The old saying is right: It is better to give than receive. And that's never been more true when you're on the receiving end of a gift gone wrong.
Yes, it's the thought that counts, but deep down inside, even Pollyannas must admit that it stinks to receive a bad gift. One second, you're wondering if behind the wrapping paper is something that might change your life, and the next, you're staring at an XXL T-shirt that says, "The U.S. Nude Roller Blading Team."
That's a gift Adrienne Gusoff once received from her sister, who is known in the family for giving forgettable and generally useless presents. Gusoff also wasn't too excited about a vinyl record her sister once gave her featuring TV's greatest theme songs.
"As if I would ever wear that [shirt] out in public," says Gusoff, who owns Bubby Gram, a singing telegram, celebrity impersonation and party company in New York City. "Geez, you can't even re-gift these things."
[Read: Buy This, Not That: Holiday Edition.]
So when you're shopping this holiday season, try to learn from others' mistakes. To ensure a genuine smile on your recipient's face when he or she tears open the wrapping paper, keep these types of bad gifts in mind.
Extremely cheap gifts. There is thrifty - and cheap. Nobody's going to think less of you or shake their head and chuckle if you score a sweater on the clearance rack that's 85 percent off. But if you make a habit of buying gifts based only on price and not considering what the person on the receiving end will think, well, people will start figuring it out.
Silvana Clark, a writer and speaker in Seattle, remembers that part of her mother's legacy. When it came to buying gifts, she was very, very cheap.
"Worse, she was an apartment manager," Clark says. "So when tenants moved out and tossed stuff in the Dumpster, she would climb in the Dumpster to find usable items. She was 70 and still doing this, so a tenant put a sign on the fence by the Dumpster that said, 'Help Helga out. If you have good clothes or furniture, put it OUTSIDE the Dumpster.'"
Knowing where her mother's gifts typically came from, Clark and her family were always a bit wary about receiving them. "Her theory was if she took something from the Dumpster and washed it three times, all the germs were gone, and it was OK to wear," Clark says.
Non-gifts. Rochelle Peachey, an entrepreneur who splits her time between Miami and London, received a Christmas card from an aunt four years ago. When she opened it, it was empty except for a note that said, "Buy your own gift!"
It seemed kind of mean, but then Peachey realized her aunt forgot to put a gift card in the envelope. Whoops. The lesson: Don't rush the gift wrapping or card stage.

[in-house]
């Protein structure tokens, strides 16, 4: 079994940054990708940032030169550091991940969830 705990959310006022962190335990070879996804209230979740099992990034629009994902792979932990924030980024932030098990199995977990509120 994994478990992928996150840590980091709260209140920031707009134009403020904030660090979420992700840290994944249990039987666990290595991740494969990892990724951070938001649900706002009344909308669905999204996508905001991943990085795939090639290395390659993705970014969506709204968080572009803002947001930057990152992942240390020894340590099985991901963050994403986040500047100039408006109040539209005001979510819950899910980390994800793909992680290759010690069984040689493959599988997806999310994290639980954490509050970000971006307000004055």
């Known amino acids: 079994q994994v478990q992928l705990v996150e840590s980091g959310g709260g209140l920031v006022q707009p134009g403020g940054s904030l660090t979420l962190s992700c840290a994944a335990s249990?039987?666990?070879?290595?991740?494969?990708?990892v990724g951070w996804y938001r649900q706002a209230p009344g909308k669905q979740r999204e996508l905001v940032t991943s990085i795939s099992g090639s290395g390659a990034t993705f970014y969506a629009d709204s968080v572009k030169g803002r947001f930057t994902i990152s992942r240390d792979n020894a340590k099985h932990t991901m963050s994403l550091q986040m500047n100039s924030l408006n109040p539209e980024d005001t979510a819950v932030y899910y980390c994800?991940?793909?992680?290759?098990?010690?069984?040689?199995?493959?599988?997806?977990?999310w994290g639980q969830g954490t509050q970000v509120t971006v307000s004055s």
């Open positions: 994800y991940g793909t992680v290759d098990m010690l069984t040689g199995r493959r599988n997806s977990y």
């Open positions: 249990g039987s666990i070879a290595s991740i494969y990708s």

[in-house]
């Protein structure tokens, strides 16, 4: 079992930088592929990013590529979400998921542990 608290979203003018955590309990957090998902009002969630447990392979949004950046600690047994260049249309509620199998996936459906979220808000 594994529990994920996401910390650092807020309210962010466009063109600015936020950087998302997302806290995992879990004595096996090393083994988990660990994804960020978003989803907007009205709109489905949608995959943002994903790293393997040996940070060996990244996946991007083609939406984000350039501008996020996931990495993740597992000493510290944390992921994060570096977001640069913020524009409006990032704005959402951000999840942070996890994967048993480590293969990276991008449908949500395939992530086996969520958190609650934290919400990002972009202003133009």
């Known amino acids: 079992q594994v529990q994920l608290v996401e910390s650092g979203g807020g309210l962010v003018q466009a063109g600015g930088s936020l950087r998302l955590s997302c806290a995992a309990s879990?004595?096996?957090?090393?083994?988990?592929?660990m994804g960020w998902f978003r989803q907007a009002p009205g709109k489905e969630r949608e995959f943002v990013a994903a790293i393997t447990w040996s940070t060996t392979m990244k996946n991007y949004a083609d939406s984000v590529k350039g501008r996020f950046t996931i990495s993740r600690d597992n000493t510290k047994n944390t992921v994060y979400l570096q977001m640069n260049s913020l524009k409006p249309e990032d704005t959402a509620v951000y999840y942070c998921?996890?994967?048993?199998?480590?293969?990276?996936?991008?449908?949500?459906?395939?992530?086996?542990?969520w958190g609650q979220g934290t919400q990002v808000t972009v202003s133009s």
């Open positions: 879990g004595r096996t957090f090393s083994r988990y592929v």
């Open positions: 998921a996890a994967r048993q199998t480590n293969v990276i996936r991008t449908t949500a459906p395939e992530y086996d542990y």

Gifts that are veiled insults. Peachey also once received a voucher from Groupon for two hours of house cleaning from her mother-in-law, who explained the gift by saying, "Because you are so busy."
"My husband laughed so hard, we ended up having a fight," Peachey says.
Religiously or politically inappropriate gifts. When the pressure is on to complete your gift list, sale signs may impair your judgment. But it's important to keep your recipient's political or religious affiliation in mind.
Michal Ann Strahilevitz, a professor of marketing at Golden Gate University in San Francisco, says several people have given her mugs that look like Santa, and she's also received a sweatshirt featuring a nativity scene. She is Jewish.
Generally inappropriate gifts. While gift-giving isn't a science, forgetting or being oblivious to someone's world view seems to be the main reason a present appears off-kilter to the receiver and everyone else. For instance, you might think you're showcasing the importance of family by giving a framed picture of yourself to a relative; they might think you're narcissistic. Or you might think your gift of a mop delivers the subtlest of hints that you wish your daughter-in-law would clean the kitchen floor more often. Meanwhile, she feels like she's been clubbed with a mallet.
Dena Roché, a publicist in Phoenix, says when she was a newlywed in 1998, she received lingerie. A nice gift, but she wasn't crazy about the source: her in-laws.
"That play for grandkids was ill-conceived," says Roché, who divorced her husband last year. She tried to return the favor by later giving her mother-in-law a red thong, which, for a while, she and her in-laws kept re-gifting each other. And for those wondering, the in-laws never did get those grandkids.
Clark's mother, Helga Vranjes, certainly should have used more forethought in how her presents would be received. Vranjes, who passed away a few years ago at age 82, once gave her granddaughter a few packages of lunch meat as a Christmas gift. "That was for, 'In case you get hungry,'" Clark says. "It wasn't that my mom was senile. She just didn't see things from other people's perspective."
And if Vranjes had, she might have realized that the large, glass, car-shaped canister - filled with alcohol - wasn't an appropriate gift for her granddaughter, who was 16 at the time.
On another occasion, Vranjes gave her best friend's 12-year-old son a sparkly jewelry box with a twirling ballerina. He was into sports and had no interest in ballet. "But she liked the way the ballerina twirled, so she thought the boy would like it also," Clark says.
"She gave my husband an 'I Love Nixon' coffee mug," Clark recalls. "He didn't love Nixon, and Reagan was president."
But the recipients of unusual and lousy gifts would do well to keep some perspective, too, especially over the holidays, when not everyone has unlimited funds - and they may have a completely different mindset.
"In my mom's defense," Clark says, "she grew up in Germany during World War II and had to economize on food and clothing. It was a struggle to survive, and she never lost that need to find a way to survive."
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